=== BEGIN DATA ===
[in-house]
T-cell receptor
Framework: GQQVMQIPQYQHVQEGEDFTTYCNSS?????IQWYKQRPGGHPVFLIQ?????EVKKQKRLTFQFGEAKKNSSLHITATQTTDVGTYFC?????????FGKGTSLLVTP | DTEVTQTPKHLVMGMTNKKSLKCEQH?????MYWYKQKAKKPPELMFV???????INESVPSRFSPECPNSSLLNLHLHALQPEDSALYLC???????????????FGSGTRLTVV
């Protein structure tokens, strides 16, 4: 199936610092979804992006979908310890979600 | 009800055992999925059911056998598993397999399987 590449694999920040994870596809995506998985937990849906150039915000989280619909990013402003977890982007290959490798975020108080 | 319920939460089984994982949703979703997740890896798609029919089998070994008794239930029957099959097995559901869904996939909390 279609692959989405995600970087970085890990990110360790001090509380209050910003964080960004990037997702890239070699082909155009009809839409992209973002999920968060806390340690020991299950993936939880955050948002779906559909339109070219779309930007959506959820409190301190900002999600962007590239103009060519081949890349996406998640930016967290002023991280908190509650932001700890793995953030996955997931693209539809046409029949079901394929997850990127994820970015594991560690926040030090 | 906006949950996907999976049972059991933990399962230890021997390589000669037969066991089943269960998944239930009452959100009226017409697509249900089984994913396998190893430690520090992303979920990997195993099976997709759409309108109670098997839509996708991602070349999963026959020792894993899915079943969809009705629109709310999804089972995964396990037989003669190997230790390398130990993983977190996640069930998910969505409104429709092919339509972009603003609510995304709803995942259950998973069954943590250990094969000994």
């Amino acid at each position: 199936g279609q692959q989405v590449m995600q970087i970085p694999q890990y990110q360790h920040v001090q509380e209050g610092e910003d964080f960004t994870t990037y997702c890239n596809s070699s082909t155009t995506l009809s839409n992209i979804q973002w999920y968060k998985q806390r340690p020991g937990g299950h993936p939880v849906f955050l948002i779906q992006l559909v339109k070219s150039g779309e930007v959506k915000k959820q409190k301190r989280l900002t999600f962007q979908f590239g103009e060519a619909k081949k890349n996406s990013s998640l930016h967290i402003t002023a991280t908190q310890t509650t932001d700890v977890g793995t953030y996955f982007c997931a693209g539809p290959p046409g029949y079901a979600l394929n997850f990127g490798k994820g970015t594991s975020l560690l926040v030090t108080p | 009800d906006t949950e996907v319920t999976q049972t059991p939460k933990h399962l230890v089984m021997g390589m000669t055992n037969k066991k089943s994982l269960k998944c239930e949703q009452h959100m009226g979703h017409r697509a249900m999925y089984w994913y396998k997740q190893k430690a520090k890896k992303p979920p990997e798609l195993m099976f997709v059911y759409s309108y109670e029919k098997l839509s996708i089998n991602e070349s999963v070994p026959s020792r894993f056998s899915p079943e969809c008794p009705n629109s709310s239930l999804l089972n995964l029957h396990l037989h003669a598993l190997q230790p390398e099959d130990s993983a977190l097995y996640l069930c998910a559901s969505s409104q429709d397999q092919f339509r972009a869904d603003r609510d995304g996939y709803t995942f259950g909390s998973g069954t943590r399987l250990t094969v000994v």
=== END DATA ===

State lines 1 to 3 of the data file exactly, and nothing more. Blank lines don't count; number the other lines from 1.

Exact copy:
[in-house]
T-cell receptor
Framework: GQQVMQIPQYQHVQEGEDFTTYCNSS?????IQWYKQRPGGHPVFLIQ?????EVKKQKRLTFQFGEAKKNSSLHITATQTTDVGTYFC?????????FGKGTSLLVTP | DTEVTQTPKHLVMGMTNKKSLKCEQH?????MYWYKQKAKKPPELMFV???????INESVPSRFSPECPNSSLLNLHLHALQPEDSALYLC???????????????FGSGTRLTVV